Polymers: Nanoscale nudges reveal critical clues
The forces holding multilayered polymer devices together can be mapped using high-resolution ‘nanomechanical’ probes
Small variations in mixing at polymer interfaces can have a large effect on how devices such as photovoltaic cells and membranes perform. Dong Wang from the AIMR at Tohoku University and colleagues have used an innovative technique known as quantitative nanomechanical mapping (QNM) to simultaneously acquire microstructural and mechanical information on polymer interfaces1. This information may make solving future adhesion problems significantly simpler.
One of the fundamental issues facing manufacturers of polymer-based devices is quantifying how different layers diffuse and entangle together after processing treatments. Many analytical techniques have been developed to study the interpenetration of long molecular chains into each other’s domains. However, most of these methods provide only the concentration gradients of different components. The interfacial mechanical properties, which are tightly linked to a polymer’s applications, are difficult to measure at small scales.
Wang and colleagues turned to the capabilities of atomic force microscopy (AFM) to detail the unique physics of polymer interfaces. Normally, researchers use resonant ‘tapping’ signals from an AFM probe to trace out detailed, three-dimensional profiles of scanned surfaces. These tapping signals can also gauge the mechanical forces between a polymer and the probe. But such AFM force modes have slow data acquisition rates and require non-trivial analytical techniques to convert the measured mechanical forces into material properties.
The newly developed QNM imaging mode for AFM dramatically speeds up and simplifies mechanical measurements by detecting the maximum force applied to a surface during a probe tap. Then, by using this ‘peak force’ signal as a damage-preventing feedback control loop, the tapping signals can scan rapidly across a sample and map out regions of different physical force with nanoscale precision.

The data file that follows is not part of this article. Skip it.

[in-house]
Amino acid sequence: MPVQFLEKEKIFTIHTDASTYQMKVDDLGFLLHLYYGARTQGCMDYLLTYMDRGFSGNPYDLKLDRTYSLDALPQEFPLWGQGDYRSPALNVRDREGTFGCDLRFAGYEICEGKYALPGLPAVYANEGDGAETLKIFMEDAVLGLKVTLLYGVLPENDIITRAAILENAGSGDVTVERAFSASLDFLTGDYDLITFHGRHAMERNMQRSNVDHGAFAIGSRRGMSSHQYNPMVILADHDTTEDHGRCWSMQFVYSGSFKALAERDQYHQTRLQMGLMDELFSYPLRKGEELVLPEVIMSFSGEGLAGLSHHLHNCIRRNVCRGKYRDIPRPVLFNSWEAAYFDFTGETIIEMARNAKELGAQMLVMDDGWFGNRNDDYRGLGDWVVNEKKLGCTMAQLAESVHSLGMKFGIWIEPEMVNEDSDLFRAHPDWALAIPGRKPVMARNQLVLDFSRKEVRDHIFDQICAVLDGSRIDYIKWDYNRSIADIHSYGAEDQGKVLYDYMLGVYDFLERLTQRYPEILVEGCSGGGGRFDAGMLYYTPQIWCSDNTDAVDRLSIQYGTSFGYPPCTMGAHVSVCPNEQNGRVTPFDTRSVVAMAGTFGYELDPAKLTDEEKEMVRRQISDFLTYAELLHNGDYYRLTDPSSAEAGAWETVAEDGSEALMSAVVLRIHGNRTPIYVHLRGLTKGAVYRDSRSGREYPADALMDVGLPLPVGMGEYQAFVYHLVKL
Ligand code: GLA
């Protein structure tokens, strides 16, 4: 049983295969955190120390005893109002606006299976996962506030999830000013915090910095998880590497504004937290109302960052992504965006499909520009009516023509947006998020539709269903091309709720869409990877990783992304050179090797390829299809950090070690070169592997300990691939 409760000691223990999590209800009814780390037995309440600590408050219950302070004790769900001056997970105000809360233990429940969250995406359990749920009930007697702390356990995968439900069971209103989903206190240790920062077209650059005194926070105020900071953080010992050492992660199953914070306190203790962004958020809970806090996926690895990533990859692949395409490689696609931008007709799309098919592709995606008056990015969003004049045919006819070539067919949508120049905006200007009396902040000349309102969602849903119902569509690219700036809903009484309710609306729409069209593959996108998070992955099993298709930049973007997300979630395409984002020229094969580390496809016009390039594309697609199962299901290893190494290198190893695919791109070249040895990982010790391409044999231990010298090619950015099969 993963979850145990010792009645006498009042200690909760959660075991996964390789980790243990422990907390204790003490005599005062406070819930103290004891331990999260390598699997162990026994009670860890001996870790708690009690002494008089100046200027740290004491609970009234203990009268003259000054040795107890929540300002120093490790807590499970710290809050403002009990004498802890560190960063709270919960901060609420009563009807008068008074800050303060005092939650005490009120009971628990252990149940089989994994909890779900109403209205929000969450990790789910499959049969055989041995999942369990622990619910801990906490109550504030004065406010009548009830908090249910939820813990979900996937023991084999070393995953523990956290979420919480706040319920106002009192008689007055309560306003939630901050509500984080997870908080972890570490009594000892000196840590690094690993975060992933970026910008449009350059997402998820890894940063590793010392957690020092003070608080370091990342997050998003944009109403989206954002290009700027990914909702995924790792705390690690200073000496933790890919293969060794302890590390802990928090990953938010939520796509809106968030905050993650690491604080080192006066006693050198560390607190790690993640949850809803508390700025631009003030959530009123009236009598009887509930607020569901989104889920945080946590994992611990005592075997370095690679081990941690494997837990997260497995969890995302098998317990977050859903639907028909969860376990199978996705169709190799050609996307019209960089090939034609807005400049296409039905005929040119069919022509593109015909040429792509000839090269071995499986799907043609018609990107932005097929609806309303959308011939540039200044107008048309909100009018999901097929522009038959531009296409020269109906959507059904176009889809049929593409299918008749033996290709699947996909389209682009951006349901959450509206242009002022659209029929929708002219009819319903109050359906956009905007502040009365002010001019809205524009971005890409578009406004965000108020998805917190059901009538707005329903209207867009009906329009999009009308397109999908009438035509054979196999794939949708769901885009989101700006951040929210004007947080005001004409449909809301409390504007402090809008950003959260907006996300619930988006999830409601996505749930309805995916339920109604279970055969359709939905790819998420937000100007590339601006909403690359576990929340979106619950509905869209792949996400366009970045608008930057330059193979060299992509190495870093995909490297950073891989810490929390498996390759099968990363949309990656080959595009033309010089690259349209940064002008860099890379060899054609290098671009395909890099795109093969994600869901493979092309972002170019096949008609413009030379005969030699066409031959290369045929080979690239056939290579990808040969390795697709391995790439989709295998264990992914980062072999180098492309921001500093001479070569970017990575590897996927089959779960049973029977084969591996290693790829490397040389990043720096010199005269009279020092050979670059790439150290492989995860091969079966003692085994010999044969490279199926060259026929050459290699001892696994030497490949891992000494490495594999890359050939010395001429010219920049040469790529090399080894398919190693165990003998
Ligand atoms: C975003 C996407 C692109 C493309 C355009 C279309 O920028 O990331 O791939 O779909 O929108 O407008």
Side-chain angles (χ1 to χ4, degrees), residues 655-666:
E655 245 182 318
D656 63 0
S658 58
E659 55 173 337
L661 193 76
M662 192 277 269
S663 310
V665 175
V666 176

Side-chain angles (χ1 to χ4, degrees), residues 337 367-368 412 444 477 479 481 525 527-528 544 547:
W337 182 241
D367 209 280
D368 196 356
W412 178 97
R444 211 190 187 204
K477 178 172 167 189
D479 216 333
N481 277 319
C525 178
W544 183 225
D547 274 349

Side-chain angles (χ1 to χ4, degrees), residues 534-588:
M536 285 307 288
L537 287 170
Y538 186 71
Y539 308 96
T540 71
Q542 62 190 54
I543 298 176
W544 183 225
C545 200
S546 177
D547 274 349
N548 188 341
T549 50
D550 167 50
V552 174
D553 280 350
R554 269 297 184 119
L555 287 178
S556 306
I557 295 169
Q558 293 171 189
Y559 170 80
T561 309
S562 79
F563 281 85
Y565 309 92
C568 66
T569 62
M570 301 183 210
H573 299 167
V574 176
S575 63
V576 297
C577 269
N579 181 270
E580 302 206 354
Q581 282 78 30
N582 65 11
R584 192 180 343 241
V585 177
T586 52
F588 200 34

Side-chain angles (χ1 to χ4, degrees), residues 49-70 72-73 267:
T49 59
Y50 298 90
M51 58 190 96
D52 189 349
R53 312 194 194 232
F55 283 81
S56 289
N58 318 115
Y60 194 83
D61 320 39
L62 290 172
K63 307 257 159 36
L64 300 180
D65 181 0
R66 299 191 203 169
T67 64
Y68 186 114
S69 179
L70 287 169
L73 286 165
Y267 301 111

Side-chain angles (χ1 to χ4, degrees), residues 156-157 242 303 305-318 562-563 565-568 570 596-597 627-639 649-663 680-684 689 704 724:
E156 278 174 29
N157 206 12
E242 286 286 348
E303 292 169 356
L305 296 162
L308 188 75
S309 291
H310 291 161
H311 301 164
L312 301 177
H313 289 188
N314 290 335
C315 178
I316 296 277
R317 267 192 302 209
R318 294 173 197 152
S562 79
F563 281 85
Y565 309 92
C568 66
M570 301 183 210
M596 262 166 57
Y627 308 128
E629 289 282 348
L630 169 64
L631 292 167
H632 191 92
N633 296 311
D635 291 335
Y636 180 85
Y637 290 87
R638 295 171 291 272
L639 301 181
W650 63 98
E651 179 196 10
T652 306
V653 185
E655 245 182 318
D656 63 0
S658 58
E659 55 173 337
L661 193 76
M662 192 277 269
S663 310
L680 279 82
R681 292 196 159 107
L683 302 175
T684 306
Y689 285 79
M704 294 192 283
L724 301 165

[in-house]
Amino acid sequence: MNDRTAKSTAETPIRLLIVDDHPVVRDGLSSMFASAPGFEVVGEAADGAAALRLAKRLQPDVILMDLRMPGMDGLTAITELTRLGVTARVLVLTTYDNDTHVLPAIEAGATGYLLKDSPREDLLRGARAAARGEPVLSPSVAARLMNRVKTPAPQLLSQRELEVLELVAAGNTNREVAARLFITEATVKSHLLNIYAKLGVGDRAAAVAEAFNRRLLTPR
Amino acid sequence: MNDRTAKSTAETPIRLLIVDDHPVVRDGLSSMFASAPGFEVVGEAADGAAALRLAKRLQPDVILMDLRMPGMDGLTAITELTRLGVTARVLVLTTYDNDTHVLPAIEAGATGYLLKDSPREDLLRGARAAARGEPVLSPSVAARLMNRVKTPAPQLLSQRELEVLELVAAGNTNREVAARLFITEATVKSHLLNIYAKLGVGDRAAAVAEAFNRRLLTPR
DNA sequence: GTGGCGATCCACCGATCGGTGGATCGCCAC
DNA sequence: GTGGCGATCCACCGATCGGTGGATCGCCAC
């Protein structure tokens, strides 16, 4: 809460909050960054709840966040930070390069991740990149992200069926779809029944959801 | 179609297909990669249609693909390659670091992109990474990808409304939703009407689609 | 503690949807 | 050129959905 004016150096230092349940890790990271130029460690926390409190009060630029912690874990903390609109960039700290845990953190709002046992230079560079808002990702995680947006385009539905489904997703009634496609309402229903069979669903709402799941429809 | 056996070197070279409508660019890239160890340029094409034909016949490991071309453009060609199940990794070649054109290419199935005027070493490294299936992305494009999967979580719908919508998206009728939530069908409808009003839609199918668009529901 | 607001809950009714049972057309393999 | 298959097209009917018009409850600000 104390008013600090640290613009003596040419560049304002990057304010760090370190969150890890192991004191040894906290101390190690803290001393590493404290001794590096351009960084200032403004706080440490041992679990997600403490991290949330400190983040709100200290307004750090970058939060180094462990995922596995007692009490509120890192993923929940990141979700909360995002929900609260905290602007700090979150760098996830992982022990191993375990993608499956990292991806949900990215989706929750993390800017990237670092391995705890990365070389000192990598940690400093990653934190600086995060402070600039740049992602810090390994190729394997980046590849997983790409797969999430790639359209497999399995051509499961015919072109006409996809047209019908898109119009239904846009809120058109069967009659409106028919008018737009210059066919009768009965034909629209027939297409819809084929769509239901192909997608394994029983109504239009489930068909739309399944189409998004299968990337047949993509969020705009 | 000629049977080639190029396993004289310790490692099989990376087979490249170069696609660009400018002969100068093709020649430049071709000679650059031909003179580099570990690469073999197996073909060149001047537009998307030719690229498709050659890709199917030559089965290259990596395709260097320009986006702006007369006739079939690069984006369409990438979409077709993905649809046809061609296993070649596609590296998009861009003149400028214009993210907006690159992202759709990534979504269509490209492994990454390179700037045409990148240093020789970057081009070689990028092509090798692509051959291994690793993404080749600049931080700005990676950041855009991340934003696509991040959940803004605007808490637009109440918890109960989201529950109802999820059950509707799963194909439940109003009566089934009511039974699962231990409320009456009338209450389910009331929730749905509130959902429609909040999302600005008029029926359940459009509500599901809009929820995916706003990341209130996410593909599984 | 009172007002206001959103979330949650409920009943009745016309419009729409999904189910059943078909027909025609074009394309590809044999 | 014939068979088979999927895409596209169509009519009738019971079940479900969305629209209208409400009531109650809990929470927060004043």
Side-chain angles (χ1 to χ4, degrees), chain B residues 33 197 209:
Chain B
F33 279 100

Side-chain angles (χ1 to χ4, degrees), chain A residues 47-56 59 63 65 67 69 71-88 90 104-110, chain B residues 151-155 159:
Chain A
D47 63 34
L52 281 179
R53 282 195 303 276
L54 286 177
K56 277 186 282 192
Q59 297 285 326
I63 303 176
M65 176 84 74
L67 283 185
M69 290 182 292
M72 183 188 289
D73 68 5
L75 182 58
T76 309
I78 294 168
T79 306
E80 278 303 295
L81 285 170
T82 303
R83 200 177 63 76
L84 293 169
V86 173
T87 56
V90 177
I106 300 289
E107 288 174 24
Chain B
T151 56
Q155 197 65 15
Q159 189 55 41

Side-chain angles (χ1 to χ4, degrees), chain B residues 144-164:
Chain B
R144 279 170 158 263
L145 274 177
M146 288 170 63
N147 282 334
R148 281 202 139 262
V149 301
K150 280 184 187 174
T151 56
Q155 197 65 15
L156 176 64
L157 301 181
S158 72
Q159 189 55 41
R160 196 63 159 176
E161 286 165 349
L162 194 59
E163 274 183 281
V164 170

The researchers examined interfaces formed between poly(vinyl chloride) and poly(n-butyl methacrylate), two plastics that are fully mixable, to test for diffusion-induced effects with QNM. The resulting nanomechanical maps revealed clear stiffness signatures of the polymer components and a distinct bulge at the interface (see image). By tracking how this zone broadened and mechanically deformed over time, the team acquired a wealth of new physical and chemical data: the interface’s diffusion kinetics, microstructures and glass transition temperatures were identified with a ten-nanometer resolution.
“What is most striking about this method is its ability to assess small differences in the mechanical properties of materials over very short length scales using high-resolution AFM,” says Wang. “This has not been possible previously and provides a new route to investigate the bonding between polymer multilayers.”
Wang, D., Liang, X., Russell, T. P. & Nakajima, K. Visualization and quantification of the chemical and physical properties at a diffusion-induced interface using AFM nanomechanical mapping. Macromolecules 47, 3761–3765 (2014). | article
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